Due to limited connectivity, I am only able to upload a few photos from my current trip to Brazil. The last time I photographed scarlet ibis was in the early 1990s for my book Migrations. It is terrific having the opportunity again to capture these birds with superior technology.
It has become a year of firsts for me: in Japan I was able to photograph the Steller’s sea eagles for the first time, and now when I am in Chilean Patagonia, I have been able to photograph Southern South American pumas and their cubs. A couple of these photos will surely find their way into my next book project for 2014.
Only a few days home from a six week long trip and I was growing antsy to get out and photograph. I grabbed a couple friends and we headed north to the George C. Reifel Wildlife Sanctuary in hopes of a snowy owl sighting. We saw only two—the last of the hungry winter migrants from the north. Like me they were antsy to start their own return journey & I photographed one individual testing out its wings. One of the other great charms of Reifel are the resident sandhill cranes. This is where I’ve always had the best opportunity to photograph these beautiful birds up close.
Hokkaido is glorious in the winter. The starkly beautiful landscapes are punctuated with active and athletic wildlife. I have been wanting to photograph the magnificent Steller’s sea eagle for years, even decades, and finally, finally was able to on this trip!
Here is the lineup of workshop offerings in 2013. If you haven’t had the experience of an Art Wolfe seminar or field workshop, make sure to check these out to satisfy that bucket list. Art’s workshops are one-of-a-kind and the testimonials are over the top when participants describe their experience.
Art is about to lead 2 workshops in Myanmar and Japan. These are sold out. So let’s review what is ahead.
March 24 – April 3. Spectacular Patagonia! Don’t miss this rare opportunity to visit one of the most dramatic landscapes on Earth with one of the consummate nature photographers in the world. Iconic places like Torres del Paine National Park, Mount Fitzroy,and Los Glaciares National Park. Patagonia offers unparalleled photo opportunities. Join us on this unforgettable photographic tour!
This is coming up soon. There is one slot open in this workshop.
June 28-30. Work in Art’s backyard with his expert assistants and learn the finer points of maximizing early morning and late afternoon light. We will shoot at some of the most beautiful locations in Western Washington, including Hurricane Ridge, Sol Duc River Valley, Salt Point and Lake Crescent. We will spend most of the daylight hours photographing in the field, and schedule photo critiques in the evening after dark. This annual workshop fills quickly!
September 4-14. Namibia lies on the The West coast of Africa. This is the most effective way to take in the immense scenery, culture and wildlife of this sparsely populated and rich landscape. Top-drawer accomodations and private charters maximize the time you spend photographing.
Plus – Art will transform your photography.
Sept. 15-27. This is a rare opportunity to spend time with Art Wolfe on an African Safari with the highest level of accomodations. Our focus is Big Cats (leopards, lions and cheetahs) and Elephants in South Africa and Botswana. A wide variety of wildlife surrounds this extraordinary location.
There is still time and there are still a few spots left on this incredible adventure, as shown in my TV series Travels to the Edge.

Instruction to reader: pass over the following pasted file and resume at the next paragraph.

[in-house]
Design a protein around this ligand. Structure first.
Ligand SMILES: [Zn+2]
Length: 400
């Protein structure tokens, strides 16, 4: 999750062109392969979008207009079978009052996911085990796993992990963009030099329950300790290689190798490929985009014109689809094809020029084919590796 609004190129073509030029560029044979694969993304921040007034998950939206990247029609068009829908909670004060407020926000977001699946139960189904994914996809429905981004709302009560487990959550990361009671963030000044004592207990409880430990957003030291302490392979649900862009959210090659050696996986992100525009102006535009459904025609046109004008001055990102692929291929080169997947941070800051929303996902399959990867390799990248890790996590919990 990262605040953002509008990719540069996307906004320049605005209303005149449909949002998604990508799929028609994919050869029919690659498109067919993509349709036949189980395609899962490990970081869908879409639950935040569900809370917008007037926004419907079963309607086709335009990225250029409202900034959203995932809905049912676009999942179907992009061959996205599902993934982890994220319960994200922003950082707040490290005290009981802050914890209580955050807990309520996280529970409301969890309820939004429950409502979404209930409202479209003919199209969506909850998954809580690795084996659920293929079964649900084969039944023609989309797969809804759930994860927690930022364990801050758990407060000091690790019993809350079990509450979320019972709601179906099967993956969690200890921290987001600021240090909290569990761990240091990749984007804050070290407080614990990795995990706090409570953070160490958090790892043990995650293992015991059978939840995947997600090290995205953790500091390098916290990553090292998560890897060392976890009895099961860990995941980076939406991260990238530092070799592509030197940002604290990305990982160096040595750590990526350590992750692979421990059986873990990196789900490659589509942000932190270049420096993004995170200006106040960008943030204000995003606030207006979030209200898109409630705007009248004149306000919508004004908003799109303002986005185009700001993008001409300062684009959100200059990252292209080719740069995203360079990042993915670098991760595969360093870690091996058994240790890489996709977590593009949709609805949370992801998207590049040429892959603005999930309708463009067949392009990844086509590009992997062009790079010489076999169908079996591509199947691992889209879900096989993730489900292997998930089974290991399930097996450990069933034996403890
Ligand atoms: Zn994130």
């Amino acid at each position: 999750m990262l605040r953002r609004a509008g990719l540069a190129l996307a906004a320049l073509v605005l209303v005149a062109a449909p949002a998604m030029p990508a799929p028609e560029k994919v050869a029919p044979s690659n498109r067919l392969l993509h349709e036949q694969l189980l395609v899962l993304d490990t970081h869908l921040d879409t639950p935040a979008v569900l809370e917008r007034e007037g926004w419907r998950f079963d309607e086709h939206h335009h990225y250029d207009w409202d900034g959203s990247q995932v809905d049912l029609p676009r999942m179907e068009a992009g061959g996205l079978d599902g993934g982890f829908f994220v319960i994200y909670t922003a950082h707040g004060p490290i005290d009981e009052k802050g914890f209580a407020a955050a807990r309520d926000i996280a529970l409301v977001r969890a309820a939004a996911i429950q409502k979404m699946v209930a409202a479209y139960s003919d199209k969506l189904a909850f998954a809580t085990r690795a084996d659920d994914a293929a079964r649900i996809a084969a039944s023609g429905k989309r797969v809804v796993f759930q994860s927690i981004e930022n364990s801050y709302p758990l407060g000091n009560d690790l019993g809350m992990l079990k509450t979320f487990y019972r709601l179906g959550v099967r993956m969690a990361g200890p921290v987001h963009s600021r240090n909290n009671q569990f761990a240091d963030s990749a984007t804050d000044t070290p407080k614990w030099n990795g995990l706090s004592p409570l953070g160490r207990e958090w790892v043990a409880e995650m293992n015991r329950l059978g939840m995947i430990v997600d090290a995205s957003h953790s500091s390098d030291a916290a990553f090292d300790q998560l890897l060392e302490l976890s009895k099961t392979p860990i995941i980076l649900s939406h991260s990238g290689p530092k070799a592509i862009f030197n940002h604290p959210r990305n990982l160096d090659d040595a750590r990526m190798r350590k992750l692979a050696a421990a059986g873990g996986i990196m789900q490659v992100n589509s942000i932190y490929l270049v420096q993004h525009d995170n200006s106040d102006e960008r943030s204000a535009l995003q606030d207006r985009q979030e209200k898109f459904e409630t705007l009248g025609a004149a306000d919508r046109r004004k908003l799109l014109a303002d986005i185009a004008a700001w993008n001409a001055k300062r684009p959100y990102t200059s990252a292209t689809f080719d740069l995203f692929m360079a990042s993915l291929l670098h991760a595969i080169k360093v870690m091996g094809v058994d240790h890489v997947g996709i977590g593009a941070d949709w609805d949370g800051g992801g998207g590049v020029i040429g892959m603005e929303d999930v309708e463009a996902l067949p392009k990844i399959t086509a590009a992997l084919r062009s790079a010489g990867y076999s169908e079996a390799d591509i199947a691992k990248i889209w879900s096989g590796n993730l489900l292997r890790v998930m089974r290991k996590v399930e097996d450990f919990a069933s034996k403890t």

The Pantanal offers a wetland environment like no other on the planet. At 54,000 square miles you could hide the whole of the Florida Everglades in the center and never find them. It’s no secret that I love photographing wildlife and the Pantanal offers some of the best avian photography anywhere. While the Amazon rain forest may be larger, the Pantanal has a concentration of wildlife that allows you to see (and photograph) 100 times more birds and animals than you ever would in the Amazon. I chose the Pantanal for my TV show for this very reason.
You will have the chance to photograph capybaras and caimans and many of the 400 species of birds that live in the Pantanal. Nearly a quarter of these birds weighing in at over a pound (1.6kg) – which is a pretty big bird when you stop to think about it. We may even get to see Giant Otters (big as a grown man) and Giant Anteaters. If you’ve seen the episode of “Travels to the Edge” from this region you have some idea of what you’ll be in store for. But don’t worry, when it comes to the caimans, we’ll keep a respectful distance (this time).
Through traveling to photograph wildlife, I have been blessed with getting to know some of the most interesting and diverse cultures around the world. For this tour, I have scheduled visits to two working Brazilian ranches so we can get a taste of what it is like to pull a living from this land and call it home. To visit a country without getting to know the people is an incomplete story for me. There is so much to be learned from others who share this earth with us but have different perspectives and unique viewpoints. Seeing the challenges they face can bring a new perspective to our own lives.
And if you’re not hooked yet… on my previous trips I have stumbled across a very remote corner of the Pantanal where there is an incredible opportunity to see Jaguars in the wild. This particular group has become habituated to seeing people much like some of the lion troops you would see on safari in Africa and they no longer instinctively retreat and hide in the dense forest. It may take a while to swallow your heart back down from the middle of your throat, but seeing a Jaguar in the wild is a experience you will never forget.